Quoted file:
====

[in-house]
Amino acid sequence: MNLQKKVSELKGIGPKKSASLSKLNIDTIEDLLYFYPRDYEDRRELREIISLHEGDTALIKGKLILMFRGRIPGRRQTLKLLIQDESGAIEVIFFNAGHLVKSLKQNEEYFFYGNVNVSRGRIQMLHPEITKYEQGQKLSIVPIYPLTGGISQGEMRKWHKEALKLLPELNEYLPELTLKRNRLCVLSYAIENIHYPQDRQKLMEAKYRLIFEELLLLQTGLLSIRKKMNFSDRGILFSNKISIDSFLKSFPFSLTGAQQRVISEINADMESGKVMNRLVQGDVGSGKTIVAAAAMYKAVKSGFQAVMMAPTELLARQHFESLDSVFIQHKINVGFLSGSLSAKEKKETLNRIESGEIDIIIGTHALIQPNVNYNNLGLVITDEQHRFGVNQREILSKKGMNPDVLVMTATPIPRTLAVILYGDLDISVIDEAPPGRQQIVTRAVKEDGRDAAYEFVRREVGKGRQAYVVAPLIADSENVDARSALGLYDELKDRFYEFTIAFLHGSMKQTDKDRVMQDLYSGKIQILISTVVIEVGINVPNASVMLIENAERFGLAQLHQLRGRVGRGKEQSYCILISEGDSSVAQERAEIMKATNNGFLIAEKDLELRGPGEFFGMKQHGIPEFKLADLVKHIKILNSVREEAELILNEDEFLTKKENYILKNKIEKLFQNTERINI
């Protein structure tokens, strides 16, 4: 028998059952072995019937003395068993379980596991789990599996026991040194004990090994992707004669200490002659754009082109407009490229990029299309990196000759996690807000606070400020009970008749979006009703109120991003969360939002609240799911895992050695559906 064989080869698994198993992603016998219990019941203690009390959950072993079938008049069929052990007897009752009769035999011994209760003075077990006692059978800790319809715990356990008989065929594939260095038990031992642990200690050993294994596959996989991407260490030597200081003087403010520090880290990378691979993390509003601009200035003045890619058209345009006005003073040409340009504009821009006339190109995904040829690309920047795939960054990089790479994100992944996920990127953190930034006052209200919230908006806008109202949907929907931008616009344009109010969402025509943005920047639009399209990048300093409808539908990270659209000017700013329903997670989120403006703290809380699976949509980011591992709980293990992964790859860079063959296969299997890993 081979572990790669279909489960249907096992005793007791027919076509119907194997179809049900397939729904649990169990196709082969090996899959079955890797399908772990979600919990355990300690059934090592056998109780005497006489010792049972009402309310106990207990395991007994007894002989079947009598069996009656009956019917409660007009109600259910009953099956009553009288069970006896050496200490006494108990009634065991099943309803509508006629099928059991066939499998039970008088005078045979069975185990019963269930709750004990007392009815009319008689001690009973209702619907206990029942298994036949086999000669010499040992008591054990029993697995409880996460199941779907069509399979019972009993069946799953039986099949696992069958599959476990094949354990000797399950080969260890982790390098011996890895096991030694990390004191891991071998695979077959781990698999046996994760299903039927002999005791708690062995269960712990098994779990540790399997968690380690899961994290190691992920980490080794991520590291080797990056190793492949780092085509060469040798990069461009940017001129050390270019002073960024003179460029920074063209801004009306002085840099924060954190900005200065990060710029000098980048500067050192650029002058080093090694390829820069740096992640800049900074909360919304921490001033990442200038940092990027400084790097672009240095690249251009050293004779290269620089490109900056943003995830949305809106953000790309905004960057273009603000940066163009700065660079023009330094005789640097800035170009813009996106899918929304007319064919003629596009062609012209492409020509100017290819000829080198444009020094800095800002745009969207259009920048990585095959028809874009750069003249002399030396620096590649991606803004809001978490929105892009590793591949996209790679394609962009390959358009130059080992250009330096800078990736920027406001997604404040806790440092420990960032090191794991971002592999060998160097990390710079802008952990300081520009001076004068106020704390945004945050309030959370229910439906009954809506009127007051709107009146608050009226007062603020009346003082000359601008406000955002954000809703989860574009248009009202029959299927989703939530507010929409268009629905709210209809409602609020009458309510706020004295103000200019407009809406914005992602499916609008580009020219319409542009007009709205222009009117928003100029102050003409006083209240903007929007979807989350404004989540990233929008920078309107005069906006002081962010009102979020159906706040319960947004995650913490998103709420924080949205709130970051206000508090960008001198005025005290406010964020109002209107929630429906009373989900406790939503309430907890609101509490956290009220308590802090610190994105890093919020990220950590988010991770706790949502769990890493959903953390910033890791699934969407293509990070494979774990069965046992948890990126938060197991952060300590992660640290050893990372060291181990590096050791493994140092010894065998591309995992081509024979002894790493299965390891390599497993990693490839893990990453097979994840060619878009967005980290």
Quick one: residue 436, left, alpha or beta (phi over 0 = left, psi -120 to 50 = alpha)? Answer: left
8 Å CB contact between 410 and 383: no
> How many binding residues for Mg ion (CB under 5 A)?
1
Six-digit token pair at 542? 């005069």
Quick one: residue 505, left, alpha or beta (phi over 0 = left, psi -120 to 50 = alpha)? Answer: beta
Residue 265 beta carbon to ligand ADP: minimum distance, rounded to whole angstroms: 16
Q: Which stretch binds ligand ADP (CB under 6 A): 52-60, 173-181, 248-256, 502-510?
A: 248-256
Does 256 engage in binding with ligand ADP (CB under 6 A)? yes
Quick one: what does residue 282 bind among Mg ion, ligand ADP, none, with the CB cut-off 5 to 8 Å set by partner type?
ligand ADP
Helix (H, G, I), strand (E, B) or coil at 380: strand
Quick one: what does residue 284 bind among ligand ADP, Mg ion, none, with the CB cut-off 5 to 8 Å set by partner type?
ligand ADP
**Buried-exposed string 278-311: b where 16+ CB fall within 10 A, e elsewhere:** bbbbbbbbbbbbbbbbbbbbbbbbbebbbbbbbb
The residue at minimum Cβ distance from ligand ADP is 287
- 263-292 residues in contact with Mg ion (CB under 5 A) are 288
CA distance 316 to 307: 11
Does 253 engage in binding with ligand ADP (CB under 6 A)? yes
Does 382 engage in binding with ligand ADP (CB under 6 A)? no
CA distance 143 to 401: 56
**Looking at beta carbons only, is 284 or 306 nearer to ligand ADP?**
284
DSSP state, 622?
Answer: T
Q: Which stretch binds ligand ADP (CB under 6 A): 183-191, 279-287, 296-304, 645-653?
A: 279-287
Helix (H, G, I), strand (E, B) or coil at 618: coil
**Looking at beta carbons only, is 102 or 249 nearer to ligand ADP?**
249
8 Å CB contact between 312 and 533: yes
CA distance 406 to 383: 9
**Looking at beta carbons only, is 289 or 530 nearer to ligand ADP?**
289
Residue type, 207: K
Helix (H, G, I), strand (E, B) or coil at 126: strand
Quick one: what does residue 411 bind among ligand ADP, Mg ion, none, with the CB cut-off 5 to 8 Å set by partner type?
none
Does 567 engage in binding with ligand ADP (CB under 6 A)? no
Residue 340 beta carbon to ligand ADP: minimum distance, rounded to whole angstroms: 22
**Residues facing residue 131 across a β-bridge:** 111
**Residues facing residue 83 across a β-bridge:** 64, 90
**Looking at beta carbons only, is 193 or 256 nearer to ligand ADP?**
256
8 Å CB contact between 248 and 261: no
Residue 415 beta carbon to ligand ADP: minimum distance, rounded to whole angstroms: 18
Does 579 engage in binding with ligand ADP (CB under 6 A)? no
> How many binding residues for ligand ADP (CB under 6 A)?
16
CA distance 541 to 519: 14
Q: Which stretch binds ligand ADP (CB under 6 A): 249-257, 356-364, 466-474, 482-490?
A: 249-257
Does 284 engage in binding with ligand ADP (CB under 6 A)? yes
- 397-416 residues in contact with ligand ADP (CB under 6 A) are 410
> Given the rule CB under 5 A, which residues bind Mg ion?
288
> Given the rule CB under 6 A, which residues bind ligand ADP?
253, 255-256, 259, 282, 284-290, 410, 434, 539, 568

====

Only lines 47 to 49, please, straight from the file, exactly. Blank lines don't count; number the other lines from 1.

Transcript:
**Looking at beta carbons only, is 193 or 256 nearer to ligand ADP?**
256
8 Å CB contact between 248 and 261: no